The Cook, as depicted in an early manuscript of The Canterbury Tales, now in the Huntington Library, San Marino, California.

"The Cook's Tale" (Middle English: "The Cokes Tale") is an unfinished short story in verse from The Canterbury Tales by Geoffrey Chaucer. It is unknown whether Chaucer simply left the tale unfinished at the time of his death, lost interest in it, intended to replace it with a different story for the Cook which was never written or deliberately left the story unfinished. It is possible that one of the other pilgrims is supposed to be interrupting the Cook and preventing him from completing his crude tale.


The tale's protagonist is a handsome young apprentince named Perkyn (or Perkin) who has a dark complexion and curly hair. Perkyn enjoys going to weddings, singing and dancing, for which reason he is known as Perkyn Revelour (Perkin the Reveler). He also enjoys gambling at dice with his friends.

Perkyn's love of gambling leads him to steal money from the shop where he works. As a result, he loses his job. He then spends all day amusing himself with his friends.

It is said that Perkyn has an accomplice who helps him to steal. His accomplice has a wife who runs a shop but really makes a living as a prostitute.

At that point, the story abruptly ends.

Movie adaptation

Ninetto Davoli-1972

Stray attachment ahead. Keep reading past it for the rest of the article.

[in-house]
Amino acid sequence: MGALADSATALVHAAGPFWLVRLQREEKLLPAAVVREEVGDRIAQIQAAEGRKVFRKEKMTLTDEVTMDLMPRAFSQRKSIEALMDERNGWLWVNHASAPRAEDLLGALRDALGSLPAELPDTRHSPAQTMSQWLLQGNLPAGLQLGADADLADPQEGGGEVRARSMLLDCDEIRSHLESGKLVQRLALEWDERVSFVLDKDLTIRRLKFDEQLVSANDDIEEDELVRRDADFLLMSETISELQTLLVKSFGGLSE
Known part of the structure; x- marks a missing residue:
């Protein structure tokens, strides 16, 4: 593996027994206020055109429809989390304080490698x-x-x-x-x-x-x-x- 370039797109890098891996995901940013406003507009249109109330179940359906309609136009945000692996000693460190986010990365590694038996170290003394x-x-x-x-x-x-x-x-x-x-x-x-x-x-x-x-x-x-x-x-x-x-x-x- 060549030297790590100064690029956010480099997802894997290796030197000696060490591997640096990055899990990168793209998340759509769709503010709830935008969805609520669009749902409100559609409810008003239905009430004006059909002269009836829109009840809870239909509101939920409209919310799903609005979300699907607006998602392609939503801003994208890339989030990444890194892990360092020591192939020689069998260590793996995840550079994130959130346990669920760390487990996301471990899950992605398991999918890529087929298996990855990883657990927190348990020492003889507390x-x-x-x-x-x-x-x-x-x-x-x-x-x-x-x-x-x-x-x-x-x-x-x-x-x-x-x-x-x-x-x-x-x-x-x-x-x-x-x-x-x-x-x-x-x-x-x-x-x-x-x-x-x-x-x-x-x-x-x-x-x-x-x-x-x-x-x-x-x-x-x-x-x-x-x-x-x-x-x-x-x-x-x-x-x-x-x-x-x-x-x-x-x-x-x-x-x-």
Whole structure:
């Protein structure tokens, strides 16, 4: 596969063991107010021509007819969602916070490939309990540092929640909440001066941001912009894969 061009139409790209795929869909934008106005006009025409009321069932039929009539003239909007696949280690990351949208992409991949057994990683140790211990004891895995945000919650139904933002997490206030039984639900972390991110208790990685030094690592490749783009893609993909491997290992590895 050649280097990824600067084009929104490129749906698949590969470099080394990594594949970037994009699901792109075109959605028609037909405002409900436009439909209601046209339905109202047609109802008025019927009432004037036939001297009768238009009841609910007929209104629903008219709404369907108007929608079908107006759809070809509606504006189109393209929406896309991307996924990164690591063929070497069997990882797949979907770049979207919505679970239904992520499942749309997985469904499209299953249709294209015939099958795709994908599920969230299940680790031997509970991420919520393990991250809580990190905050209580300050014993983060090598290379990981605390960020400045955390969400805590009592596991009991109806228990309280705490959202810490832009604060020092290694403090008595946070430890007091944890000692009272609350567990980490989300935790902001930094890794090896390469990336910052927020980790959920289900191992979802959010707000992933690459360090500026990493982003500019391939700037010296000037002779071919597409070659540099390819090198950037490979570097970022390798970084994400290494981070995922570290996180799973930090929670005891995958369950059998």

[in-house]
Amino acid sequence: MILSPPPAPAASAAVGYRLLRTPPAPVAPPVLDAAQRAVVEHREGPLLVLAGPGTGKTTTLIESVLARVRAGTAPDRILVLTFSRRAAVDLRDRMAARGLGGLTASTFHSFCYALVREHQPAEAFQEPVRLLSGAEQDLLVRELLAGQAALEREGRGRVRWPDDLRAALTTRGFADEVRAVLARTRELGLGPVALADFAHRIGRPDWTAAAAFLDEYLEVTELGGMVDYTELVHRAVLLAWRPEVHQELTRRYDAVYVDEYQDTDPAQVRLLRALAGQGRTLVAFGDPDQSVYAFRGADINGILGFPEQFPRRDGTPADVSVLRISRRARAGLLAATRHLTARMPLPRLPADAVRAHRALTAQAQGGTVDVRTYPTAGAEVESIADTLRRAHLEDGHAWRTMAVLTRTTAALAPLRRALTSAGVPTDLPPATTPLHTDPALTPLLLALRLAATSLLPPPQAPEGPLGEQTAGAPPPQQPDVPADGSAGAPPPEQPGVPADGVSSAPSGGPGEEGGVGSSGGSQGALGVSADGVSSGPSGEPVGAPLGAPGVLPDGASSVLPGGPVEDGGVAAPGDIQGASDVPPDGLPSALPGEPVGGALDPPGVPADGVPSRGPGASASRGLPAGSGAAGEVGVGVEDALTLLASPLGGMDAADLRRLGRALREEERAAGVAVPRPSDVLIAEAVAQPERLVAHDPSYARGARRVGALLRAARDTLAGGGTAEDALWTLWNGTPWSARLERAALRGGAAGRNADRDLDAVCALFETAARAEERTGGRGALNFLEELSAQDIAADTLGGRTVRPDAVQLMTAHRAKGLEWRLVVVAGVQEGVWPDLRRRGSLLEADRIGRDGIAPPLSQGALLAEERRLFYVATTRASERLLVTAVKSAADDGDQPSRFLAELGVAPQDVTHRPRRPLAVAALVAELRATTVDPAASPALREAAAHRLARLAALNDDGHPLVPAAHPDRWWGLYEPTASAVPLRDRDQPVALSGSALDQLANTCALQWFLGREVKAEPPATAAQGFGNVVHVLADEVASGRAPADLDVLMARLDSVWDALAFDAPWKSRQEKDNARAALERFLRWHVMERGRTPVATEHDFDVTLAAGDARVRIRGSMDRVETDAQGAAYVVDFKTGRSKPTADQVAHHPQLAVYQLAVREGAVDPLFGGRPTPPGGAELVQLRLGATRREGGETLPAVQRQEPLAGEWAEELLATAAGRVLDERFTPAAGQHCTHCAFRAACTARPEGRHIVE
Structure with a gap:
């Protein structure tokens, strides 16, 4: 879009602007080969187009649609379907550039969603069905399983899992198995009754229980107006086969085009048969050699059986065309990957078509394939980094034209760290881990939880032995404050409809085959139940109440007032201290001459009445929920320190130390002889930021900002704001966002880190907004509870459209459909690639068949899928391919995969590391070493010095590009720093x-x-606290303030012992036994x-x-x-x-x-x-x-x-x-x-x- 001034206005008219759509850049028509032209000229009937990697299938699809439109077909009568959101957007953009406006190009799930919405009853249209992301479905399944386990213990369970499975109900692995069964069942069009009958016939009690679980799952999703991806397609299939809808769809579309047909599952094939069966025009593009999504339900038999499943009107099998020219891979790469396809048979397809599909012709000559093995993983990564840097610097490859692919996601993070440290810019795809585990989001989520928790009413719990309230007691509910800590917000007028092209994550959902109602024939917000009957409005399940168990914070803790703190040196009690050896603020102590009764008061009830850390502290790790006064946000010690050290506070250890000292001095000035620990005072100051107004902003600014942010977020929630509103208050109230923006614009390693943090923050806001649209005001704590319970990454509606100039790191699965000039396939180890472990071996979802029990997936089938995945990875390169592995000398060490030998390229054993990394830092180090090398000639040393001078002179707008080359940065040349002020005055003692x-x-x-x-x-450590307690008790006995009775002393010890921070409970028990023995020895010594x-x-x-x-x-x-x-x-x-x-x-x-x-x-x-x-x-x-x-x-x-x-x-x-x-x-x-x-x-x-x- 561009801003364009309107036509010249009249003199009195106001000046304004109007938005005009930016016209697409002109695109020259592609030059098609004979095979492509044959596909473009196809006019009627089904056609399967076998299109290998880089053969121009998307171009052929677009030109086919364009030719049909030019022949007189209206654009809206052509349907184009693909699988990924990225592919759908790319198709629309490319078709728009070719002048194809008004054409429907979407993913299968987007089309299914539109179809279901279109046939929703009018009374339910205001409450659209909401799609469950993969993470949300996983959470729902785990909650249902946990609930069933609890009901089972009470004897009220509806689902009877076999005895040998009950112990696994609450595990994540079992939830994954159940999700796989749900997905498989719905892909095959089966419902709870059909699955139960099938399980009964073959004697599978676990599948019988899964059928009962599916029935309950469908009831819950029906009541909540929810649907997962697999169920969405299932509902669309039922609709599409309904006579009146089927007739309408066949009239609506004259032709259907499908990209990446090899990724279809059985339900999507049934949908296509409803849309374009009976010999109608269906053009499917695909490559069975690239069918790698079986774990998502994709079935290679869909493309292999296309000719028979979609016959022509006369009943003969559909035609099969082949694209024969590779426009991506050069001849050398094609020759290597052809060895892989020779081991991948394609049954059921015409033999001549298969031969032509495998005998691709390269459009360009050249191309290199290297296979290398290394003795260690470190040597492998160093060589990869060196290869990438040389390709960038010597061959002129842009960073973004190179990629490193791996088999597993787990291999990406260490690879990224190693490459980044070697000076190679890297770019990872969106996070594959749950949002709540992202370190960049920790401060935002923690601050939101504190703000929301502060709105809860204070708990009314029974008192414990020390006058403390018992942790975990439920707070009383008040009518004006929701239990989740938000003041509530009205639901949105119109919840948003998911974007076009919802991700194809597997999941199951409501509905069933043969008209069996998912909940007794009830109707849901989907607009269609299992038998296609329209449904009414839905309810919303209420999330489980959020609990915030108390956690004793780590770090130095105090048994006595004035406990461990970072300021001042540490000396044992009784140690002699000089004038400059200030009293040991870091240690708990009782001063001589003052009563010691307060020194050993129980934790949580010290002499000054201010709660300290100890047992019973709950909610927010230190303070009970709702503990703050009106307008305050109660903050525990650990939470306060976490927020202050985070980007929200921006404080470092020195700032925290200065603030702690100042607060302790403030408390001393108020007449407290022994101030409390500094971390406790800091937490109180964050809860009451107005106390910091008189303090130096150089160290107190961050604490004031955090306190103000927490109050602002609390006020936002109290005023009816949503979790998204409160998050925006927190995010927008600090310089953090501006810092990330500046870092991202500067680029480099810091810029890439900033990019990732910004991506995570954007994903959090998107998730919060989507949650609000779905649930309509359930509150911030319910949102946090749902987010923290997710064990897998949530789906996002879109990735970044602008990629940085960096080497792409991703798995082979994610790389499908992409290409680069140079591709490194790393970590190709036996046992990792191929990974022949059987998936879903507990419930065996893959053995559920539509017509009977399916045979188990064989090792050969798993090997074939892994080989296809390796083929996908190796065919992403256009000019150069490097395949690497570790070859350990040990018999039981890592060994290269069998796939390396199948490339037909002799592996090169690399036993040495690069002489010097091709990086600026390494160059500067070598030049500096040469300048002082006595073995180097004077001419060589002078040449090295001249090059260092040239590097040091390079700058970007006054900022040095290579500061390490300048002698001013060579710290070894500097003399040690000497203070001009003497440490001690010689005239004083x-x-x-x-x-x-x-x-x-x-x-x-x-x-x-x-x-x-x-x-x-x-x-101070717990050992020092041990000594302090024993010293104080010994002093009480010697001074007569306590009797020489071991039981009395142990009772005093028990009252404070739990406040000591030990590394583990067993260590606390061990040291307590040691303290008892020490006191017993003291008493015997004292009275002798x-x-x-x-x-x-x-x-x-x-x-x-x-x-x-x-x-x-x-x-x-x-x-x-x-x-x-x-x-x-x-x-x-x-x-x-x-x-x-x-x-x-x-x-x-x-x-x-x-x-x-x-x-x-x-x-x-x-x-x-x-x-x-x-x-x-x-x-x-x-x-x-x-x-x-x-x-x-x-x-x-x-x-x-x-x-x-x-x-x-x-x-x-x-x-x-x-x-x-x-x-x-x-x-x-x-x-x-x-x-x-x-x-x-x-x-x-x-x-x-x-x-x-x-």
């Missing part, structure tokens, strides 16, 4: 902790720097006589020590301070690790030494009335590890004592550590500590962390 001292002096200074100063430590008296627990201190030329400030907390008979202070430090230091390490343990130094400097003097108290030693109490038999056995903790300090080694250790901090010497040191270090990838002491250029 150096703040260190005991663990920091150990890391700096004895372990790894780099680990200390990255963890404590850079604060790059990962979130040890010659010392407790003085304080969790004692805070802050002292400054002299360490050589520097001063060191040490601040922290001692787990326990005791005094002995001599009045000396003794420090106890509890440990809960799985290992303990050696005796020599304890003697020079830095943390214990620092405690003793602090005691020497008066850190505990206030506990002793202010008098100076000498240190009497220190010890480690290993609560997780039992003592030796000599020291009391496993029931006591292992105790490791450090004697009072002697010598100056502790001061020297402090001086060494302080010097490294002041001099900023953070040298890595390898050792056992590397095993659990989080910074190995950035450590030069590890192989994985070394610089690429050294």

Ninetto Davoli as Perkyn in the 1972 film I Racconti di Canterbury.

The fourth segment of the 1972 Italian movie I Racconti di Canterbury (The Canterbury Tales) by Pier Paolo Pasolini is based on "The Cook's Tale".[1] In the film, "The Cook's Tale" is turned into a tribute to Charlie Chaplin. Italian actor Ninetto Davoli plays Perkyn, who is depicted wearing a costume which strongly resembles a medieval version of that of Chaplin's Tramp character.

Chaucer's unfinished tale is fleshed out slightly in the movie. After losing his job, Perkyn goes to a wedding to cheer himself up. He dances with the bride and makes the wedding cake go flying through the air before it lands on the groom's head. The following day, he begins a new job as apprentice to an egg merchant but loses it when he leaves the stall to play dice with his friends. After he is fired, he smashes all the merchant's eggs out of spite. Perkyn spends the night with his friend and his wife the prostitute. The next morning, Perkyn is arrested and put in the stocks.


  1. Other segments in the film are based on the "General Prologue', "The Merchant's Tale', "The Friar's Tale", "The Miller's Tale", "The Wife of Bath's Prologue", ""The Reeve's Tale", "The Pardoner's Tale" and "The Summoner's Tale".

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